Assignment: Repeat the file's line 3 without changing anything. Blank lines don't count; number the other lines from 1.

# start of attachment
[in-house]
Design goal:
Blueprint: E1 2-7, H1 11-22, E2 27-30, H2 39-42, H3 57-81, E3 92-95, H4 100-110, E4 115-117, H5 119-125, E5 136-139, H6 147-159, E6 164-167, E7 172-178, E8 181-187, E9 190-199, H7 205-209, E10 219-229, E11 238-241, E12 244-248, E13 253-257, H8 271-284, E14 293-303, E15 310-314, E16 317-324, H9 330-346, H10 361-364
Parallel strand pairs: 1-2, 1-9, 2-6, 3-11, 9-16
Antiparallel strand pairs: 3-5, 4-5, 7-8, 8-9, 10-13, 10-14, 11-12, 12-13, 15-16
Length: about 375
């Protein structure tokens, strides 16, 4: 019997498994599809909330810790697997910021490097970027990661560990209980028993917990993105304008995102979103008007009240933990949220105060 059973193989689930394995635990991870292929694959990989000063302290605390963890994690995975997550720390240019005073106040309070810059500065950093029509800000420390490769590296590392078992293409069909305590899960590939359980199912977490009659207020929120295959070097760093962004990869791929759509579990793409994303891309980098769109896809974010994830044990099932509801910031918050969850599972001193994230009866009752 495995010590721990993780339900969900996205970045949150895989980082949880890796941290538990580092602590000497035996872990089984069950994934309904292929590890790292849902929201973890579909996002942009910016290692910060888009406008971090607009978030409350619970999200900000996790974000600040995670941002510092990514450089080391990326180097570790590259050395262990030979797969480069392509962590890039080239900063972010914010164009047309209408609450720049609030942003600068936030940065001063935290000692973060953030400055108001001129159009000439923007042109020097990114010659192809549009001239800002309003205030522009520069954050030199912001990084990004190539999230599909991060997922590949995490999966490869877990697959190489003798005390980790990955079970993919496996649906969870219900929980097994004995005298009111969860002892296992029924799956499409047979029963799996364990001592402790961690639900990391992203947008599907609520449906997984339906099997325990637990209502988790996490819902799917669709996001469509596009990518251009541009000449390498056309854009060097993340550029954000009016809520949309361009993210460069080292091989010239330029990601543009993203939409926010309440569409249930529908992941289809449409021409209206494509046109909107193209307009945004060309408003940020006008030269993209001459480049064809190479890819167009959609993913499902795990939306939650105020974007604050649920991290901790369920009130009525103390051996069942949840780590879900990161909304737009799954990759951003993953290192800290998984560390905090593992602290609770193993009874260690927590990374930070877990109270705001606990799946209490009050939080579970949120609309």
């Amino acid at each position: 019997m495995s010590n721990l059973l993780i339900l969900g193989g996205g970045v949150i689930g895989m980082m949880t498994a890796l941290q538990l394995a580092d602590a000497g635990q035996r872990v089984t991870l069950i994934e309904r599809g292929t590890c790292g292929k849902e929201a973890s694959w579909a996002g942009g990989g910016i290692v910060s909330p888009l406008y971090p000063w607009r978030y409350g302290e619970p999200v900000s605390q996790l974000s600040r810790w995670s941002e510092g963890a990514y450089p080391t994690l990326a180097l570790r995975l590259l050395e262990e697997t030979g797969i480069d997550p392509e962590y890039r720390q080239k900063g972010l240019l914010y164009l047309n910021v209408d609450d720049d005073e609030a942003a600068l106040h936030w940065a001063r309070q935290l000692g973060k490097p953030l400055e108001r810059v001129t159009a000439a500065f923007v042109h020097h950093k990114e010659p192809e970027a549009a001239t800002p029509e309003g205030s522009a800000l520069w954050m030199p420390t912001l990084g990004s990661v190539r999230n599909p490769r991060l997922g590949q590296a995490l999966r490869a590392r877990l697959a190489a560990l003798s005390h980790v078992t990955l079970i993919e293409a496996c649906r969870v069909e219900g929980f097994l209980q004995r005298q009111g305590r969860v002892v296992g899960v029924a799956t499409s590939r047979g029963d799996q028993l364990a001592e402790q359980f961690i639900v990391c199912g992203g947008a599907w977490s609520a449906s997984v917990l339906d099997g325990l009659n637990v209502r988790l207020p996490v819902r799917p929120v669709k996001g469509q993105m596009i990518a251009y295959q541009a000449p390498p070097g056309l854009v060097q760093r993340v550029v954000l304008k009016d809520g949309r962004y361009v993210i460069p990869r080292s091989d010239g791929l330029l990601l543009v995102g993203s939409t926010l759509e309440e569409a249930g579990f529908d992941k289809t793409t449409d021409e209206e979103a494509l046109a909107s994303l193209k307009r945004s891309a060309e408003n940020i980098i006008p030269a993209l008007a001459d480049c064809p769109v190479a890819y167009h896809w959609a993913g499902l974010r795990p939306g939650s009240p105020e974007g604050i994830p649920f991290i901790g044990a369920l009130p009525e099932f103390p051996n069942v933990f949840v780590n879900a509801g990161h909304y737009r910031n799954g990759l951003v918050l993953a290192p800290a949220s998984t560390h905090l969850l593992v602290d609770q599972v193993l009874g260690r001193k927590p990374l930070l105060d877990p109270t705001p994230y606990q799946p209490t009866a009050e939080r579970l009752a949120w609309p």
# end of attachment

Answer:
Blueprint: E1 2-7, H1 11-22, E2 27-30, H2 39-42, H3 57-81, E3 92-95, H4 100-110, E4 115-117, H5 119-125, E5 136-139, H6 147-159, E6 164-167, E7 172-178, E8 181-187, E9 190-199, H7 205-209, E10 219-229, E11 238-241, E12 244-248, E13 253-257, H8 271-284, E14 293-303, E15 310-314, E16 317-324, H9 330-346, H10 361-364